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  • By Alessandro Schiavone

Is London still the place to be for superstars? Kane and Zaha could exacerbate mass exodus

By Alessandro Schiavone

There was a glorious era when some of the world’s most prodigiously talented footballers were stationed in London. Thierry Henry was the reason the whole world looked at Arsenal with envy from 1999 to 2007.


Back then Titi was hailed as the planet’s attacking benchmark alongside Barcelona’s Samuel Eto’o and Milan’s Andriy Shevchenko. And it was just a matter of time before the Cameroonian and Ukrainian juggernauts ended up a mile down the road from Picadilly Circus at Stamford Bridge.


Remarkably, Cesc Fabregas was emerging as one of the finest passers of the ball in the game at Highbury while Chelsea magician Eden Hazard was the only player people would dare name in the same breath as Lionel Messi and Cristiano Ronaldo. Londoners also prided themselves on calling Patrick Vieira, Robin Van Persie, Dennis Bergkamp, Didier Drogba and Frank Lampard as their locals.


The lure of London was just too irresistible. Who wouldn’t fancy to kick a ball in the Premier League all while living a lavish lifestyle in one of the world’s most popular cities? From eating out in fancy five-star restaurants to shopping at Harrods and hitting the Mayfair nightclubs, all while importantly dodging the limelight in a city with nearly 10 million inhabitants where a highly paid footballer strolling up and down at New Bond Street after the latest designer accessory hit the boutiques was hardly news. Unlike other cities in the world such as Naples, Marseille or Barcelona where players are lionised and worshipped and thus mobbed when they are spotted in town, London offers household footballers the rare chance to go around almost unnoticed. Another pull for players and families.


Yet fast forward to this summer and the landscape has changed. Worryingly London is weekly, and it feels almost daily, losing big-name players. N’Golo Kante, the best defensive midfielder in England’s top-flight since 2015, bit off filthy-rich Al Ittihad’s hand when they tabled an £85.9million-a-year offer. Edouard Mendy, arguably the best African goalkeeper in Premier League history and a decisive factor in Chelsea winning the Champions League two years ago, upped sticks heading to the Middle East three days after his countryman Kalidou Koulibaly was won over by the sheikhs' powers of financial persuasions. And Saudi Pro League’s thirst for the Blues stars may not be sated yet as they eye Romelu Lukaku. The Belgian has his heart set on rejoining Inter on a permanent deal but Al Hilal’s interest could play into Chelsea’s hands, triggering a bidding war for their out-of-favour centre-forward. There’s an acceptance that come what may he too will be consigned to the London history books by September 1.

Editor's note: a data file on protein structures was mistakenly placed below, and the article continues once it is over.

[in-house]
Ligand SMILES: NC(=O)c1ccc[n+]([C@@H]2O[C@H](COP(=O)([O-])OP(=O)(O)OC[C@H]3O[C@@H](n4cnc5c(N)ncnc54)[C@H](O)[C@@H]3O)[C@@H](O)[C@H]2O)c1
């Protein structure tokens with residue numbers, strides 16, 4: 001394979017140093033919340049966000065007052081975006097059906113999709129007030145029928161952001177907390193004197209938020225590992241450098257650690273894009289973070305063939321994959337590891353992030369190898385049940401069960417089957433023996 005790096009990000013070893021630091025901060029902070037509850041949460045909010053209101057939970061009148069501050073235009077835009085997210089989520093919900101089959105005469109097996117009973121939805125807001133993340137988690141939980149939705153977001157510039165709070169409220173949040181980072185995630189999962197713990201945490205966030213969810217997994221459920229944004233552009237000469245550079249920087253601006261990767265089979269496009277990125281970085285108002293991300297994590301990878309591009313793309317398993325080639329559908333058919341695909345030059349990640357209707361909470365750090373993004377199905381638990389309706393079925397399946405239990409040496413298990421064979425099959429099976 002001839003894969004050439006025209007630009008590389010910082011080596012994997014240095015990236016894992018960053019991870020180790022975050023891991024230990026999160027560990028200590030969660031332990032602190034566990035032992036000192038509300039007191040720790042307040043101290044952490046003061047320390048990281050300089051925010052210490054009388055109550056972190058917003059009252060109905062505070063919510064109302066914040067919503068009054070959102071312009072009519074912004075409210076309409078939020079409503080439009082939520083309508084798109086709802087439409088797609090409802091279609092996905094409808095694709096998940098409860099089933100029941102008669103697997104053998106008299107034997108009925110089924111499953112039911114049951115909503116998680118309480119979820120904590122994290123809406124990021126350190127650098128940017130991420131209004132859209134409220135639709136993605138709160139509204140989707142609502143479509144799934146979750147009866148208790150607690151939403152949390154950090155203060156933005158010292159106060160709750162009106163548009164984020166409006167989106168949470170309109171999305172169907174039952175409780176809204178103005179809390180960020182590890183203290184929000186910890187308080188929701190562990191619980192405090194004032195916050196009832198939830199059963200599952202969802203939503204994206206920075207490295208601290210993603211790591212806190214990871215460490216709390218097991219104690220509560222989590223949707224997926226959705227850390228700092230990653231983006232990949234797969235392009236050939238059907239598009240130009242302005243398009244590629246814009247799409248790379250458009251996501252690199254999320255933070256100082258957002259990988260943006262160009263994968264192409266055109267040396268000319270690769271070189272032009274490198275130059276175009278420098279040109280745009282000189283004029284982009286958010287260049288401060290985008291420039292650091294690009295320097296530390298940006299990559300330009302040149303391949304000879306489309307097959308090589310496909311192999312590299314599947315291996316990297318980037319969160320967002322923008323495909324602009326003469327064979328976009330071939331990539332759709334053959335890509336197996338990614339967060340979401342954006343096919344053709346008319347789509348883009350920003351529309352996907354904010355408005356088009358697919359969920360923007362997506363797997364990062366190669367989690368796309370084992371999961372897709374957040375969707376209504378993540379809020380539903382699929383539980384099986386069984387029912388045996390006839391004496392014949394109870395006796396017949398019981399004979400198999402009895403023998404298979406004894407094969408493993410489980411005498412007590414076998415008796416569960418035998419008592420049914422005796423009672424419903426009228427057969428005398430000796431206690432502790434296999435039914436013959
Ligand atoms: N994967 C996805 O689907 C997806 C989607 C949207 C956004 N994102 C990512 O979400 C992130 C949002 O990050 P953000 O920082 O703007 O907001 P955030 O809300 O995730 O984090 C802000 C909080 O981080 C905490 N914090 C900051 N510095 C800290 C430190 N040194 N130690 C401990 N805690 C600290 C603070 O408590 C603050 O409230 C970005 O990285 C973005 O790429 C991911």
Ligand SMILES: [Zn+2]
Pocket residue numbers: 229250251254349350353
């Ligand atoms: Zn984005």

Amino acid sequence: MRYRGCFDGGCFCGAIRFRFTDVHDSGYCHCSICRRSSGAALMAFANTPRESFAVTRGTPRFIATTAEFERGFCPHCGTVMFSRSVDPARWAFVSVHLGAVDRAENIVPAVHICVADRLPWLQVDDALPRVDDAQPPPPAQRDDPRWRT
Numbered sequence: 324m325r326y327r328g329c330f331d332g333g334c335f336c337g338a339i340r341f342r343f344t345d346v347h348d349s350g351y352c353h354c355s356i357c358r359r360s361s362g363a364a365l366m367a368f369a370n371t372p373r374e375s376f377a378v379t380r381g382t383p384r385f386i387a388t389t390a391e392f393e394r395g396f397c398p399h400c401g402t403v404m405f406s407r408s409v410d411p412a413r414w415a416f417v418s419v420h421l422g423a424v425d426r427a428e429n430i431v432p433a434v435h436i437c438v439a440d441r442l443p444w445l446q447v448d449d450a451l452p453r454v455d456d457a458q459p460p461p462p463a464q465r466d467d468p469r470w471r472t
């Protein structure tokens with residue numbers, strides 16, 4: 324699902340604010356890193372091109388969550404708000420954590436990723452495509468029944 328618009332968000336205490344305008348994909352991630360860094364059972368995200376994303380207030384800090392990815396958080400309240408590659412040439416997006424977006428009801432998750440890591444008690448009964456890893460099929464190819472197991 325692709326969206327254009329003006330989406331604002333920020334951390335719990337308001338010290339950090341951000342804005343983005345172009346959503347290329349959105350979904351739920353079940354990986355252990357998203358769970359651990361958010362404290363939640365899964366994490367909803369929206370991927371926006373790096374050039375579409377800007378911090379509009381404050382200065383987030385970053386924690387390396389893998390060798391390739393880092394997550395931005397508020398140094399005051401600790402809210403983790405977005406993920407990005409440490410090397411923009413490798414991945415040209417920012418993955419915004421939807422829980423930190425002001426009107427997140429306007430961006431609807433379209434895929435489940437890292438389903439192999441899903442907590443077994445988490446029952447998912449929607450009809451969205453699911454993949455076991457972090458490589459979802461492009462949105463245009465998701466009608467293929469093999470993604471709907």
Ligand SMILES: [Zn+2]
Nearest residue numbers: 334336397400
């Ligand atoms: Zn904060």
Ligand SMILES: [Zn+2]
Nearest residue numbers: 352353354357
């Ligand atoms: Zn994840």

Ruben Loftus-Cheek didn’t think twice about swapping “The Bridge” with the San Siro in search of regular first-team football when Milan came calling while Mason Mount decided to bring the curtain down on his London adventure when Manchester United knocked on his door. Tottenham’s hero of Amsterdam 2019 Lucas Moura left the club and the UK's most populated city after five years of fluctuating fortunes as has West Ham’s Manuel Lanzini.


Elswhere, Watford's Joao Pedro became a Seagull while it's unlikely that Ismaila Sarr will call Vicarage Road home in two months. Making matters worse, Willian may wave goodbye to Fulham while AC Milan-bound Christian Pulusic and flamboyant Moroccan winger Hakim Ziyech won't start the new season at Chelsea.